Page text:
OFFICIALS have lowered the amount of water being discharged from Chao Phraya Dam after upstream flooding decreased despite predictions of more rain across the country this week.
Royal Irrigation Department (RID) deputy director-general Thongplew Kongjun said yesterday that due to a drop in upstream flooding in Nakhon Sawan province, the department cut the water discharge from the Chao Phraya Dam in Chainat province.
The move was done to mitigate the flood situation in downstream areas and divert water into water-retention areas on both sides of the river.
“We have decreased the water discharge to 1,751 cubic metres per second from the maximum outflow of 1,998 cubic metres per second on Friday and Saturday and the lower water discharge has relieved the flood situation in low-lying areas downstream,” Thongplew said.
Water levels in the Bang Ban and Bang Luang Canals were reported to have dropped by 15 centimetres, while the Chao Phraya River was down by 20 centimetres in Ayutthaya.
Thongplew said the department would keep draining water to the sea and monitoring the level of rainfall closely because the Meteorological Department warned that there would be heavy rain throughout the first half of October.
The Meteorological Department forecast that a monsoon trough would sit on the Central, the East and lower Northeast and combine with moderate high pressure systems from China, causing more rain with isolated heavy showers for these areas this week.
RID water management and hydrology director Lertchai Srianant said the continued rainfall would not affect Bangkok, as the intensity of the rain was expected to decrease.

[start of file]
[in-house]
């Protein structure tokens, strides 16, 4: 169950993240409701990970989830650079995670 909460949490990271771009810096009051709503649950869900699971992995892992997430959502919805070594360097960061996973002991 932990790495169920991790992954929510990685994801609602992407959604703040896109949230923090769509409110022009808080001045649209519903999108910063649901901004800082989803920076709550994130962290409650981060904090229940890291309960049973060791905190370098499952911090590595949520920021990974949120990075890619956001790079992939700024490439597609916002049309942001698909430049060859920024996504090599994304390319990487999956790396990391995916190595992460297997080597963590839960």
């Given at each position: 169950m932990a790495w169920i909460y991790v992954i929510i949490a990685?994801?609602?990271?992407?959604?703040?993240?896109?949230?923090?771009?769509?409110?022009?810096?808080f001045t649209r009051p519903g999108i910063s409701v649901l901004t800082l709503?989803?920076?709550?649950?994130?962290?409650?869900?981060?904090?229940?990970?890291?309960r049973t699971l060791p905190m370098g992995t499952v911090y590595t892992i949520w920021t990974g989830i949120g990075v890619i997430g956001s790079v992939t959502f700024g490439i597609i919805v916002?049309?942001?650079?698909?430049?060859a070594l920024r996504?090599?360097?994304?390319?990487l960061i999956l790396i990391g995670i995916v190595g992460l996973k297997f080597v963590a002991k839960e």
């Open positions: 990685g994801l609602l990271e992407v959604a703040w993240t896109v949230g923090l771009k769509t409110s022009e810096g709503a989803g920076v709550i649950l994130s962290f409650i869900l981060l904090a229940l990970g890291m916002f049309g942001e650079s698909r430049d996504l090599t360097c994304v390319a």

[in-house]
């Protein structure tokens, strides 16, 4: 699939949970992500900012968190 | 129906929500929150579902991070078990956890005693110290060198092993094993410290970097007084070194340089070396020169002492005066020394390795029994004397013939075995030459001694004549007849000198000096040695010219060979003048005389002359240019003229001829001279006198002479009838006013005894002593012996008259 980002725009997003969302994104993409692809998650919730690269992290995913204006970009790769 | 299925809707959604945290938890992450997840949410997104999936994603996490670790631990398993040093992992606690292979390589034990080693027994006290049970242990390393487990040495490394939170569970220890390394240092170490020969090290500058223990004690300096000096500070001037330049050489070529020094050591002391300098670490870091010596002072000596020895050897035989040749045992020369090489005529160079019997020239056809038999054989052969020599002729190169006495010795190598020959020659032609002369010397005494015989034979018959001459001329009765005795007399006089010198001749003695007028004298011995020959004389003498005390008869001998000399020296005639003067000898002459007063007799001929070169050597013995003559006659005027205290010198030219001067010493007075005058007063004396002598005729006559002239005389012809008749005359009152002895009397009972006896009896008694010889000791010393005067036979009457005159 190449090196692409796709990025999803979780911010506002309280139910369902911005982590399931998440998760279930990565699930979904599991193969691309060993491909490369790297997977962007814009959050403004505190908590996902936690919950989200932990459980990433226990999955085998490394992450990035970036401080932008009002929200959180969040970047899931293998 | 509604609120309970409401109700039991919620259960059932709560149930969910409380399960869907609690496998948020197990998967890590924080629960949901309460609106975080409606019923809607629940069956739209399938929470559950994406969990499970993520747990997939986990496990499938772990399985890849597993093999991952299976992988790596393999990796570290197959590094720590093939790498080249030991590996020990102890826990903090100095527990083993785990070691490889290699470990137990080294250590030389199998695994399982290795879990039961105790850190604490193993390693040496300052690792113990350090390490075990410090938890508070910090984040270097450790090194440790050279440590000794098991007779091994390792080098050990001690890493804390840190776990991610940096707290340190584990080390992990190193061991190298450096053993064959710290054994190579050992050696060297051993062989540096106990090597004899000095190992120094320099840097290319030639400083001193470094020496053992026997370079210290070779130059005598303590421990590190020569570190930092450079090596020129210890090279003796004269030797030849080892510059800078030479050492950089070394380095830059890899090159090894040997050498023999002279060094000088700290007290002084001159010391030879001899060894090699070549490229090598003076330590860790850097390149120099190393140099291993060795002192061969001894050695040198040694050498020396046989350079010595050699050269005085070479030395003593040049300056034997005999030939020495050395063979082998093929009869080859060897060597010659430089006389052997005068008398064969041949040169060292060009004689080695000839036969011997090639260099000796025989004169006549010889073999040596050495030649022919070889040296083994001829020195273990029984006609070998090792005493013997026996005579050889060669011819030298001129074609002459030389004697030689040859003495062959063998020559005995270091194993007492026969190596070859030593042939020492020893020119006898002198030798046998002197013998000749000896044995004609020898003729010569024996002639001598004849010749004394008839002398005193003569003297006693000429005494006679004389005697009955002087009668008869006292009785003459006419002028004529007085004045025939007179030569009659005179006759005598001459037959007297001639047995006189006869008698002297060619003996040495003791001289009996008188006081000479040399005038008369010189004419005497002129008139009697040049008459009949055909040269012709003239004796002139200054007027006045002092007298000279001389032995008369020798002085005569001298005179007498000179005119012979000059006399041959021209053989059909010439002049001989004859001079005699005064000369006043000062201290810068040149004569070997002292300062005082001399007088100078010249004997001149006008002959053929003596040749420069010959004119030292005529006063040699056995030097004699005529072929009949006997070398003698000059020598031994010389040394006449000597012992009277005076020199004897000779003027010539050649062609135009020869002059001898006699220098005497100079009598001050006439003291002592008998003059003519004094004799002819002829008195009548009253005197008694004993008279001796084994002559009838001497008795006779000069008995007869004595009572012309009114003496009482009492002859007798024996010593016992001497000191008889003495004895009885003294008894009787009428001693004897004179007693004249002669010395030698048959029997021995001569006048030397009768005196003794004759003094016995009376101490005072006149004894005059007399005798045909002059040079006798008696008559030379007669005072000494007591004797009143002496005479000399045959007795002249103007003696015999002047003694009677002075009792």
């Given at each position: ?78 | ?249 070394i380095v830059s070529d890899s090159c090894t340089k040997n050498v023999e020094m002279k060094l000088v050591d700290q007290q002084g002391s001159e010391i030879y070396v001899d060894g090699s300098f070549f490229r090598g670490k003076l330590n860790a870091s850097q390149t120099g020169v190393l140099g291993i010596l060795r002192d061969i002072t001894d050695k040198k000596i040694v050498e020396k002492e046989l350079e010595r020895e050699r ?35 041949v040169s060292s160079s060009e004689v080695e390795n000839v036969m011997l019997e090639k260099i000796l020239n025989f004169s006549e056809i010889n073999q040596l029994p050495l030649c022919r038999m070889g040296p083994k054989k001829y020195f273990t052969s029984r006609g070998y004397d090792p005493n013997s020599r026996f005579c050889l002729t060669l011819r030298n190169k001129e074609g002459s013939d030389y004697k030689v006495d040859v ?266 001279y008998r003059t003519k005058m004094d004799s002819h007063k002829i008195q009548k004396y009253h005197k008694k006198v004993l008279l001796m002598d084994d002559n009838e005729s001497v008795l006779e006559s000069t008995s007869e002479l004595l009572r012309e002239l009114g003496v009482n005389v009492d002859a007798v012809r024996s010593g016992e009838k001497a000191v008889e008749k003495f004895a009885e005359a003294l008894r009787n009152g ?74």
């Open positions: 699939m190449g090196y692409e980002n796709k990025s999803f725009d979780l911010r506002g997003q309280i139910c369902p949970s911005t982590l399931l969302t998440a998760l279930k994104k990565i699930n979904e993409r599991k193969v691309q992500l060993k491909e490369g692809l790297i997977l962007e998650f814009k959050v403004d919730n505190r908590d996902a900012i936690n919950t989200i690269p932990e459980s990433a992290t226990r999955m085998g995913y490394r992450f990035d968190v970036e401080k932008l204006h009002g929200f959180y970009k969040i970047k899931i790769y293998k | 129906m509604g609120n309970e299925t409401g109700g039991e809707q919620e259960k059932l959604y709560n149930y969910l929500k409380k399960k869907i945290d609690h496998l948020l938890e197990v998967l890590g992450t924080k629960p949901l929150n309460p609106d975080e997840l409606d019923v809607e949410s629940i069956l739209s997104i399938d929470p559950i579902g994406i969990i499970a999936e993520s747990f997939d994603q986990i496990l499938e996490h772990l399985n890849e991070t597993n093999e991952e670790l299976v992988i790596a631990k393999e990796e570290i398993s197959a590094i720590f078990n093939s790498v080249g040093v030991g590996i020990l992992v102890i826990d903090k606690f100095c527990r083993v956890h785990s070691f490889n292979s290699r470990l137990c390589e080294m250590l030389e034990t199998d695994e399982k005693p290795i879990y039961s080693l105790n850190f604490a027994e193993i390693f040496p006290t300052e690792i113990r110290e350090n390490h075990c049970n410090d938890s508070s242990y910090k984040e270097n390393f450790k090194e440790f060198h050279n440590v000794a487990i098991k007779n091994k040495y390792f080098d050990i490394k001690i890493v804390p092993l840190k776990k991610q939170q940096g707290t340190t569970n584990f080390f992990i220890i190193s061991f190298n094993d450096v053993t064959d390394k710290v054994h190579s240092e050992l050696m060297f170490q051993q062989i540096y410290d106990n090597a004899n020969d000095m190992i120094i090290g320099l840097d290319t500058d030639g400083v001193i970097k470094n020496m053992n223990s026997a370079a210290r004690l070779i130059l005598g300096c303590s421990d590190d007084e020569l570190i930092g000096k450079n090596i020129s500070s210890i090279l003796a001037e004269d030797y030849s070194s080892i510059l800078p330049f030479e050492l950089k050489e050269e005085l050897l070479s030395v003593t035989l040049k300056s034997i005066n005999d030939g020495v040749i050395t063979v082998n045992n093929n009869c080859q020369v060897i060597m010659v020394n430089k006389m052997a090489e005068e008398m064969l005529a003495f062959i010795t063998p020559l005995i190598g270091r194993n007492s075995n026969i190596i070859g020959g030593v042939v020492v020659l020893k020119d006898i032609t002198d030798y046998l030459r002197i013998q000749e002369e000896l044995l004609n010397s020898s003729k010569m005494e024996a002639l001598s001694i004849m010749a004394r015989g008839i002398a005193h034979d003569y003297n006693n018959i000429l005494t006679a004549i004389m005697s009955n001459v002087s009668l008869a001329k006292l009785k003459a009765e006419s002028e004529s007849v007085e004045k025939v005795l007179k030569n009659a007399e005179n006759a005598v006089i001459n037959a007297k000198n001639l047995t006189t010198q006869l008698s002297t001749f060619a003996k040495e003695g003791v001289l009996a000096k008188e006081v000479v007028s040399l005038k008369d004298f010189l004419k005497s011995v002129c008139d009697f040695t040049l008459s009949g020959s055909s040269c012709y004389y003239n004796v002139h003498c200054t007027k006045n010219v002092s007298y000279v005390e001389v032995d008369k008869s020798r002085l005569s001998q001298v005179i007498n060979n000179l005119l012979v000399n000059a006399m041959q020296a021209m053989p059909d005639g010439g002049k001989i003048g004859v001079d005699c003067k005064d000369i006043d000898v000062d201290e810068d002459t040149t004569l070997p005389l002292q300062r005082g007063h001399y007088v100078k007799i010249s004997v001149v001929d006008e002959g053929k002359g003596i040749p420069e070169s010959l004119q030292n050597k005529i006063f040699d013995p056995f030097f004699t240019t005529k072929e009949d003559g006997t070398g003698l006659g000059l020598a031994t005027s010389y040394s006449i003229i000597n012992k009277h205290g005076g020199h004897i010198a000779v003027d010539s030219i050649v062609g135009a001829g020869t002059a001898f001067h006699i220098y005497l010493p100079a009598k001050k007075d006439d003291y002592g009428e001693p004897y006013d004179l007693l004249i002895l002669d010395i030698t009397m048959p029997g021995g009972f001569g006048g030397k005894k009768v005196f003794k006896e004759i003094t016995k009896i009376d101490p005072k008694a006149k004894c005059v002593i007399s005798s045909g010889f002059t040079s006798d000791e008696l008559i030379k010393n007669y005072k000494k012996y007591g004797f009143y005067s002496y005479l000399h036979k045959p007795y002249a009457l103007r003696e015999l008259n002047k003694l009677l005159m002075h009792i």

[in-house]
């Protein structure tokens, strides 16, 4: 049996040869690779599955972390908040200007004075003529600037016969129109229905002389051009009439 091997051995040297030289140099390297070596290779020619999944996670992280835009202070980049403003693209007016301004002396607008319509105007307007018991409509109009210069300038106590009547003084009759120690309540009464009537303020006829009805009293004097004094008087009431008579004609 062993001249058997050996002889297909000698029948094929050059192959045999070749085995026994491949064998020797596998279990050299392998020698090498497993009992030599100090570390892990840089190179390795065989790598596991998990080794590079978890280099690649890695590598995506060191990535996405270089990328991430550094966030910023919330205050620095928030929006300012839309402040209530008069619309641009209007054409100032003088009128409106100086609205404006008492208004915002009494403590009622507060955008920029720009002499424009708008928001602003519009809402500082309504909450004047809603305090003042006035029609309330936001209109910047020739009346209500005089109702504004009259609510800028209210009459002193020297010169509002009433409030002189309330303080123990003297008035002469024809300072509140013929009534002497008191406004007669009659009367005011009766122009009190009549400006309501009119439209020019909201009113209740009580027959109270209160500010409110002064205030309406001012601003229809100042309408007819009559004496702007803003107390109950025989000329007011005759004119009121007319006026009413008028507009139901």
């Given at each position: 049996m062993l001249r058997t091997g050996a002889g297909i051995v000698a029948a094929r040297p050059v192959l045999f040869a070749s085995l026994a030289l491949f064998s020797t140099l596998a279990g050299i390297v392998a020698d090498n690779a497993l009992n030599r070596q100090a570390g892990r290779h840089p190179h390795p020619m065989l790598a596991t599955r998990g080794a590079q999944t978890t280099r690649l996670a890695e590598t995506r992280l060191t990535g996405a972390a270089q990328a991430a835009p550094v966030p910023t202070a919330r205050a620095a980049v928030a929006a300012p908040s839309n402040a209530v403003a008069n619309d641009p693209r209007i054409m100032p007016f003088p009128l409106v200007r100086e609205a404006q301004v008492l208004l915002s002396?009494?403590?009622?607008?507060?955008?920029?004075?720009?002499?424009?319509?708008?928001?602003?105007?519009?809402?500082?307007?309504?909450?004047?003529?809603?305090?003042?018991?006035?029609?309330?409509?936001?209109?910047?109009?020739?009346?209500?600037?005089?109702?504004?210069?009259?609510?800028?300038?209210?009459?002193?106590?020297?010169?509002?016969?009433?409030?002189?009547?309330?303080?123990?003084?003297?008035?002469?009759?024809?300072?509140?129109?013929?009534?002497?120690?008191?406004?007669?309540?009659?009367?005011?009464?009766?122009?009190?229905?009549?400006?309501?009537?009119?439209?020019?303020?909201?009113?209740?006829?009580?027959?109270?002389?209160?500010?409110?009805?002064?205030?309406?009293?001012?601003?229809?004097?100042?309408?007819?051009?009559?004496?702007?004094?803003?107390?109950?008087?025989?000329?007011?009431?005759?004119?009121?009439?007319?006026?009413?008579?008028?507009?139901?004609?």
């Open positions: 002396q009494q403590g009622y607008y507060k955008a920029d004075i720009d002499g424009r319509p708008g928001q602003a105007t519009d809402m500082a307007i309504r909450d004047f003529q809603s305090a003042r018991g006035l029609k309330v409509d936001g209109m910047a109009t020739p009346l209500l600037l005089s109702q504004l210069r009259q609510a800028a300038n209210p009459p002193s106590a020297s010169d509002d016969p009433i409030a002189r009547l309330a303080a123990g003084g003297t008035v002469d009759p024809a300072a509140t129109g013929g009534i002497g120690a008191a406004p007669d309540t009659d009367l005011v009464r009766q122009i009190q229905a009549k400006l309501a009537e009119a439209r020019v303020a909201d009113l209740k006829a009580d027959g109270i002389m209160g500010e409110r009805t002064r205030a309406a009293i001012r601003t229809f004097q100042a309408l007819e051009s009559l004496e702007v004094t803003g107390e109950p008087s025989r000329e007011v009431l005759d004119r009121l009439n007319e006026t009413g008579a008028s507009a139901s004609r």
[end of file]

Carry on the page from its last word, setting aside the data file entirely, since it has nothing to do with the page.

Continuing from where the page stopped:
Lertchai said the reduced outflow from the Chao Phraya Dam would also spur better drainage in Bangkok.
In regard to major dams, he said water levels in Bhumibol, Sirikit and Kwae Noi Bamrung Daen dams were at a safe limit and still manageable, while the Pasak Jolasid Dam was 86 per cent full and under careful |management.
Floodwater in Ayutthaya’s Pak Hai and Bang Ban districts had not risen, which was especially good news for people in low-lying areas along the Noi River, according to local reports.
Udomsak Khaonuna, head of the Ayutthaya Provincial Disaster Prevention and Mitigation Office, said floodwater in the province would drop slowly if there was no more rain, because of the reduced discharge from the Chao Phraya Dam.
Udomsak also said some farmers had already harvested their crops, so officials would “store” water in harvested areas and authorities would compensate affected farmers, according to a Cabinet decision.
Dr Winchana Srivilaithon from Thammasat University Hospital, also warned that parents should keep a close eye on their children to prevent drownings in this wet season. “Adults should also be cautious as well because the water currents during this time of year are strong,” Winchana said.